London Bridge: Family pay tribute to 'kind' and 'funny' Saskia Jones, named as second victim
The Metropolitan Police have now named both the man and woman who died in the terrorist attack near London Bridge on Friday as Jack Merritt, 25, of Cottenham, Cambridgeshire, and Saskia Jones, 23, of Stratford-upon-Avon, Warwickshire.
A statement said: "Both were graduates of the University of Cambridge and were involved in the Learning Together programme - Jack as a co-ordinator and Saskia as a volunteer. Family liaison officers are supporting their families."
A statement from the family of Saskia Jones, issued through police, said: "Saskia was a funny, kind, positive influence at the centre of many people's lives.
"She had a wonderful sense of mischievous fun and was generous to the point of always wanting to see the best in all people.
"She was intent on living life to the full and had a wonderful thirst for knowledge, enabling her to be the best she could be.
"Saskia had a great passion for providing invaluable support to victims of criminal injustice, which led her to the point of recently applying for the police graduate recruitment programme, wishing to specialise in victim support.
"This is an extremely painful time for the family. Saskia will leave a huge void in our lives and we would request that our privacy is fully respected."
A statement from the family of Jack Merritt, issued through police, said: "Jack Merritt, our beautiful, talented boy, died doing what he loved, surrounded by people he loved and who loved him.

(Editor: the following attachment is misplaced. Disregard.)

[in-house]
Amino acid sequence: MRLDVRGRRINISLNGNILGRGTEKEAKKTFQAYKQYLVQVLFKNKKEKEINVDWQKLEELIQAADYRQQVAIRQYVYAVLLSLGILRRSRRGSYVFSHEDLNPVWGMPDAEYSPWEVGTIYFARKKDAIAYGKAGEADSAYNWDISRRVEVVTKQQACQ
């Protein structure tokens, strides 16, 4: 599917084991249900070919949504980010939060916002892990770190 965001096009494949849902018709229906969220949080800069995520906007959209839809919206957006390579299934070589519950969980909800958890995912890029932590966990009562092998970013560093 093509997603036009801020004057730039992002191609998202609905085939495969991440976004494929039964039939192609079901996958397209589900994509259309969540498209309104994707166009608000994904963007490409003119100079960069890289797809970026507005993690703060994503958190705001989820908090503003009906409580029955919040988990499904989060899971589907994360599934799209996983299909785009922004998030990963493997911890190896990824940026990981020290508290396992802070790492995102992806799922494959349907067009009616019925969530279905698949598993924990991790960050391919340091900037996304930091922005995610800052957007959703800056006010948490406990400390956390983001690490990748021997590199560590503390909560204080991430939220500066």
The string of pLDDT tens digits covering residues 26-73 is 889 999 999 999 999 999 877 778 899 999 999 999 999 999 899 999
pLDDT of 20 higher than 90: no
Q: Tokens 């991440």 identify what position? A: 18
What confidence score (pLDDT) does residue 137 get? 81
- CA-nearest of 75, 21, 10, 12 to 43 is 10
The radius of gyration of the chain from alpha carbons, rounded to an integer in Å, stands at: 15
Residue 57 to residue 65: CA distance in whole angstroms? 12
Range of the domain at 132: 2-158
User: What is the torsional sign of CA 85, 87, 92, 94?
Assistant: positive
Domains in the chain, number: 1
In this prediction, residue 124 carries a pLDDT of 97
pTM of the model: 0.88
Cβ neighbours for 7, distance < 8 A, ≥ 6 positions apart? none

"He lit up our lives and the lives of his many friends and colleagues, and we will miss him terribly.
"Jack lived his principles; he believed in redemption and rehabilitation, not revenge, and he always took the side of the underdog.
"Jack was an intelligent, thoughtful and empathetic person who was looking forward to building a future with his girlfriend, Leanne, and making a career helping people in the criminal justice system.
"We know Jack would not want this terrible, isolated incident to be used as a pretext by the government for introducing even more draconian sentences on prisoners, or for detaining people in prison for longer than necessary.
"Our thoughts go out to the relatives and friends of his friend and colleague who died with him in this incident, to the colleagues who were injured, and to his brilliant, supportive colleagues at the University of Cambridge Department of Criminology.
"We respectfully request that the media leave us to grieve in private at this very difficult time."